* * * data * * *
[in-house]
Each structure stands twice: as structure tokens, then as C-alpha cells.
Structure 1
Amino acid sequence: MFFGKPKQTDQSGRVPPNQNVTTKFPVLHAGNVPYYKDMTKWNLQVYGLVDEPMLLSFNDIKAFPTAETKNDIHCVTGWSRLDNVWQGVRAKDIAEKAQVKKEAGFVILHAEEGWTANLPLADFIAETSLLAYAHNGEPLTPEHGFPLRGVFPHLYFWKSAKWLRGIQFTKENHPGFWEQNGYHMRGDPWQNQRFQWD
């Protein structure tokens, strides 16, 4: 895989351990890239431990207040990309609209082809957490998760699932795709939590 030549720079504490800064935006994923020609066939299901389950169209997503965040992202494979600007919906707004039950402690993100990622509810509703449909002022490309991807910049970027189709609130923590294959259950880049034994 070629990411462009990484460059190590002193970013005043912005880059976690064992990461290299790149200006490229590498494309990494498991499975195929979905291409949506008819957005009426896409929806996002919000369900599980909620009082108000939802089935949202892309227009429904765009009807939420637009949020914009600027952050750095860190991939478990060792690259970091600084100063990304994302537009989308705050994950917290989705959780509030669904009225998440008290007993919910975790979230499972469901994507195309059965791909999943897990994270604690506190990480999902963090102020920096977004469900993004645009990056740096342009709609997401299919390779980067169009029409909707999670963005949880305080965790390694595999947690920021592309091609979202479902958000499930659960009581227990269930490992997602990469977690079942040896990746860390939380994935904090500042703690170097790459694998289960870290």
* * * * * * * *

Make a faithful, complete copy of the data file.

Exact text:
[in-house]
Each structure stands twice: as structure tokens, then as C-alpha cells.
Structure 1
Amino acid sequence: MFFGKPKQTDQSGRVPPNQNVTTKFPVLHAGNVPYYKDMTKWNLQVYGLVDEPMLLSFNDIKAFPTAETKNDIHCVTGWSRLDNVWQGVRAKDIAEKAQVKKEAGFVILHAEEGWTANLPLADFIAETSLLAYAHNGEPLTPEHGFPLRGVFPHLYFWKSAKWLRGIQFTKENHPGFWEQNGYHMRGDPWQNQRFQWD
């Protein structure tokens, strides 16, 4: 895989351990890239431990207040990309609209082809957490998760699932795709939590 030549720079504490800064935006994923020609066939299901389950169209997503965040992202494979600007919906707004039950402690993100990622509810509703449909002022490309991807910049970027189709609130923590294959259950880049034994 070629990411462009990484460059190590002193970013005043912005880059976690064992990461290299790149200006490229590498494309990494498991499975195929979905291409949506008819957005009426896409929806996002919000369900599980909620009082108000939802089935949202892309227009429904765009009807939420637009949020914009600027952050750095860190991939478990060792690259970091600084100063990304994302537009989308705050994950917290989705959780509030669904009225998440008290007993919910975790979230499972469901994507195309059965791909999943897990994270604690506190990480999902963090102020920096977004469900993004645009990056740096342009709609997401299919390779980067169009029409909707999670963005949880305080965790390694595999947690920021592309091609979202479902958000499930659960009581227990269930490992997602990469977690079942040896990746860390939380994935904090500042703690170097790459694998289960870290």